In this interview, Peter Stone and interviewer Rod Carlson show us what People & Stories is all about. Stone has been in White Plains since September 1950. He grew up in a house his family built in North White Plains and, when he was a kid, walked the five miles into downtown. White Plains' rich ethnic mix made a strong impression on him. Stone served as Chairman of the Humans Rights Commission from 1995 to 2008 and also worked as a management consultant in freight transportation. He describes himself as a “middle class, happily married grandfather viewing the world as one community under God's direction.”
Stone describes White Plains in the 1950s, from the banks and railroad station to the churches and street life. If you're interested in the history of restaurants, Stone can tell you where the first Chinese restaurant in the city was located. Remember when White Plains had four movie theaters? Stone does, and he recalls each of them with precision, giving us a sense of their differing characters and quirky aspects.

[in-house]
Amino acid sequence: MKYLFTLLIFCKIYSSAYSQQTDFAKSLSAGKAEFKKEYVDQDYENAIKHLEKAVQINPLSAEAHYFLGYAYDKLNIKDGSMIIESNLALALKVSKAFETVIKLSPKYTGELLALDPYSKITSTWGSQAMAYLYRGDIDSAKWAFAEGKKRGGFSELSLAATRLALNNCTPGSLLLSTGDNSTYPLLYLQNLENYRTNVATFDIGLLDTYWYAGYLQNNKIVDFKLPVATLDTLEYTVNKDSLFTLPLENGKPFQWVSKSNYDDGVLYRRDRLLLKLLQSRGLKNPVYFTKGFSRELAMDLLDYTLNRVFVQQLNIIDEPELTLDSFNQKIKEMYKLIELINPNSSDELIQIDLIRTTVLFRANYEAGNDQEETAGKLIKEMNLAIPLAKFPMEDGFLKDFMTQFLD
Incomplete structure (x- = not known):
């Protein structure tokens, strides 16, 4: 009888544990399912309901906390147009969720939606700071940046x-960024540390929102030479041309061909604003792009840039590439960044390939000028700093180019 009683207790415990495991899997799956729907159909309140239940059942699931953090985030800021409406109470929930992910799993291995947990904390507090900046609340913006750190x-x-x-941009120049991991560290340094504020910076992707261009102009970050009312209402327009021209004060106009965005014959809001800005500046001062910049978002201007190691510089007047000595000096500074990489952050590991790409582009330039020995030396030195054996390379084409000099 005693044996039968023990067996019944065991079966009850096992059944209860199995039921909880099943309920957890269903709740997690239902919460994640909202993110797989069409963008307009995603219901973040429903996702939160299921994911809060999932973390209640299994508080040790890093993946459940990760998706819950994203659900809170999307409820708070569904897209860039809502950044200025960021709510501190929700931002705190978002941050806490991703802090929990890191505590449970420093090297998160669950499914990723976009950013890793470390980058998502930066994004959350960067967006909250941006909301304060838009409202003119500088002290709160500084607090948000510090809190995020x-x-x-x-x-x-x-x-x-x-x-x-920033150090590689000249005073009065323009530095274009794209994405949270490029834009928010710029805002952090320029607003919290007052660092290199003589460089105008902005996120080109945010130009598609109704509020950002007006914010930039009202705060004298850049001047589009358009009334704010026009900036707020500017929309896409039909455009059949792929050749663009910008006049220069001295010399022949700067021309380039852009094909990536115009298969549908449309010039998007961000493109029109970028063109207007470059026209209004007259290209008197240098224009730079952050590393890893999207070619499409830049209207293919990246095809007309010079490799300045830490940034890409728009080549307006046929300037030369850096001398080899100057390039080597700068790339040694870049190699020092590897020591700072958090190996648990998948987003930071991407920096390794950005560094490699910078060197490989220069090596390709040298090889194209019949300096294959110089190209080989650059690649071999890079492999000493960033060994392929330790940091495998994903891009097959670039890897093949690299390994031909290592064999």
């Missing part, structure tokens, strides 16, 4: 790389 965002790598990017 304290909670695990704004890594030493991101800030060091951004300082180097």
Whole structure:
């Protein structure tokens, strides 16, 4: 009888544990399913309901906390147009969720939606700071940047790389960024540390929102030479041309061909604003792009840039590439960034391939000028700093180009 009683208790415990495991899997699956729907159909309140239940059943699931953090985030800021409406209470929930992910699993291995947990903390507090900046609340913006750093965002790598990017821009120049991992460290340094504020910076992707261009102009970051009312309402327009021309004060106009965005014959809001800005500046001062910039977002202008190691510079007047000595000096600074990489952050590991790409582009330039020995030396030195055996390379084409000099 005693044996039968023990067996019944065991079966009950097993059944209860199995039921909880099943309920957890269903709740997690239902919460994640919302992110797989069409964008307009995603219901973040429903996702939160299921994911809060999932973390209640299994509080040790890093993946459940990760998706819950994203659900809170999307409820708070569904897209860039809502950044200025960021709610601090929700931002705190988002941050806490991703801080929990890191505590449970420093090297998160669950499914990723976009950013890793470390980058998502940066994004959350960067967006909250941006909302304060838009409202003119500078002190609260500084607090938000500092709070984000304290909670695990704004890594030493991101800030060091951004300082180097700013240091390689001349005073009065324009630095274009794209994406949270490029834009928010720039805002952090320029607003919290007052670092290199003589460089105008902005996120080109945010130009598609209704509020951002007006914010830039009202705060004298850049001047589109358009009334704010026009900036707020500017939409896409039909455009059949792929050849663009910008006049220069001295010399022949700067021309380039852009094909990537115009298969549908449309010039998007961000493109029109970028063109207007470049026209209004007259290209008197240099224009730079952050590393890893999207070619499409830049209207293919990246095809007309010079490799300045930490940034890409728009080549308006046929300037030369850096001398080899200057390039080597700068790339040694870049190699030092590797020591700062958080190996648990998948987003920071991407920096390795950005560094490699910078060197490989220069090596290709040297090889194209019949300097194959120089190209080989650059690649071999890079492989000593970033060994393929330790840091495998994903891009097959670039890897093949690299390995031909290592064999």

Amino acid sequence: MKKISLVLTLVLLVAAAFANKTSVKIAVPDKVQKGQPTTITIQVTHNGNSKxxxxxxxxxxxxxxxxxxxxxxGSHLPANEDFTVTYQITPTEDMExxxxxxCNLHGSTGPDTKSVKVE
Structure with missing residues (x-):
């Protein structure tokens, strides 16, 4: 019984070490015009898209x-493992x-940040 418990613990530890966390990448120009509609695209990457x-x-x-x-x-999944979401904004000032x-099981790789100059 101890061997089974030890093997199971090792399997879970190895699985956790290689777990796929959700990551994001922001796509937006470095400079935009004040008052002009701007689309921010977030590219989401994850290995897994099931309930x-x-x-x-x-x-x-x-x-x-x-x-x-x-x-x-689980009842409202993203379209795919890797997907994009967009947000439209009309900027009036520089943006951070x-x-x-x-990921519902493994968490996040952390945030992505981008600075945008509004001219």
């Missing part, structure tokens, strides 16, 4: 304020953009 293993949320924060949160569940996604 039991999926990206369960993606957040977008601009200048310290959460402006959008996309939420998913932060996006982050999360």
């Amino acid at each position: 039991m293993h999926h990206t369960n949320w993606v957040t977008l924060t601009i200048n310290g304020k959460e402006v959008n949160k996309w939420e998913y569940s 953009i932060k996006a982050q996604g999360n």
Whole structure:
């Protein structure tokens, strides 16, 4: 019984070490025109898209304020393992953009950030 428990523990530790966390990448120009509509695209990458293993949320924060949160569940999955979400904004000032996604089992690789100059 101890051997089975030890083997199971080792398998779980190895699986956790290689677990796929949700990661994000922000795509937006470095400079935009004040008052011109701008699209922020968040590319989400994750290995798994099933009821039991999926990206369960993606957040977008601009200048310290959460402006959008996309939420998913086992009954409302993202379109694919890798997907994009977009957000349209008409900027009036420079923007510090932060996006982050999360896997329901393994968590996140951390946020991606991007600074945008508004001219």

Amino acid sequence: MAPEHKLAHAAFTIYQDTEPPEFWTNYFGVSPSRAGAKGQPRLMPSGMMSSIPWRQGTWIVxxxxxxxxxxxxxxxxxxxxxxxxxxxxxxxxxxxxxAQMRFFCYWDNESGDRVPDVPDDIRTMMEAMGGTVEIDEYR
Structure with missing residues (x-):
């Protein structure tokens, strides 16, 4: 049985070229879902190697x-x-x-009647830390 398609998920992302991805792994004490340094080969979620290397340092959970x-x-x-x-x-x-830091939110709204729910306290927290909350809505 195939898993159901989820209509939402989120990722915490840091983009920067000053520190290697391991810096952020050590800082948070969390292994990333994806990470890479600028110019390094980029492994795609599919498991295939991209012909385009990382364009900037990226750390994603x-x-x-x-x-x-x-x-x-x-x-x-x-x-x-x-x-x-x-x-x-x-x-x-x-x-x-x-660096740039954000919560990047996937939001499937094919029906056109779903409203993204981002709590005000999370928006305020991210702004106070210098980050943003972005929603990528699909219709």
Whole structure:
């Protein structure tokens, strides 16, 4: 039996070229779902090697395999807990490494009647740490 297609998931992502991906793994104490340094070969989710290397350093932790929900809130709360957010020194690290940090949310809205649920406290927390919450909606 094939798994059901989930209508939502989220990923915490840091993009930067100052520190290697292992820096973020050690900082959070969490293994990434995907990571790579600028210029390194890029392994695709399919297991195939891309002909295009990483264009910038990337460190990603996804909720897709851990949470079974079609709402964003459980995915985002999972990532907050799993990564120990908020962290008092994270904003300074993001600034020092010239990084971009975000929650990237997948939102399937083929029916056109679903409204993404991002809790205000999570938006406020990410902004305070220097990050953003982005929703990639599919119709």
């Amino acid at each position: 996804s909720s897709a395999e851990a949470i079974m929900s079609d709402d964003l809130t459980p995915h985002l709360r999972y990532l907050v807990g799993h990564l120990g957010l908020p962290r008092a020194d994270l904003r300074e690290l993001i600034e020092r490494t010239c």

Stone spends a good deal of time on his work with the Human Rights Commission and the effects the Commission had on life in the city. The Commission was formed in 1968 and its purpose was to enforce fair and legal practices in employment, housing, and public accommodation (transportation, retail, houses of worship, etc.). He takes listeners through various directors' time with the Commission and the history of the White Plains Coalition for Cultural & Racial Harmony.
Stone's oral history is a wonderfully detailed entry into our growing collection. We're grateful for Stone's willingness to share his stories and for Carlson's work as an interviewer. If you're interested in being an interviewer or a storyteller (or if you know someone who would make a good storyteller), contact the Librarian for White Plains History.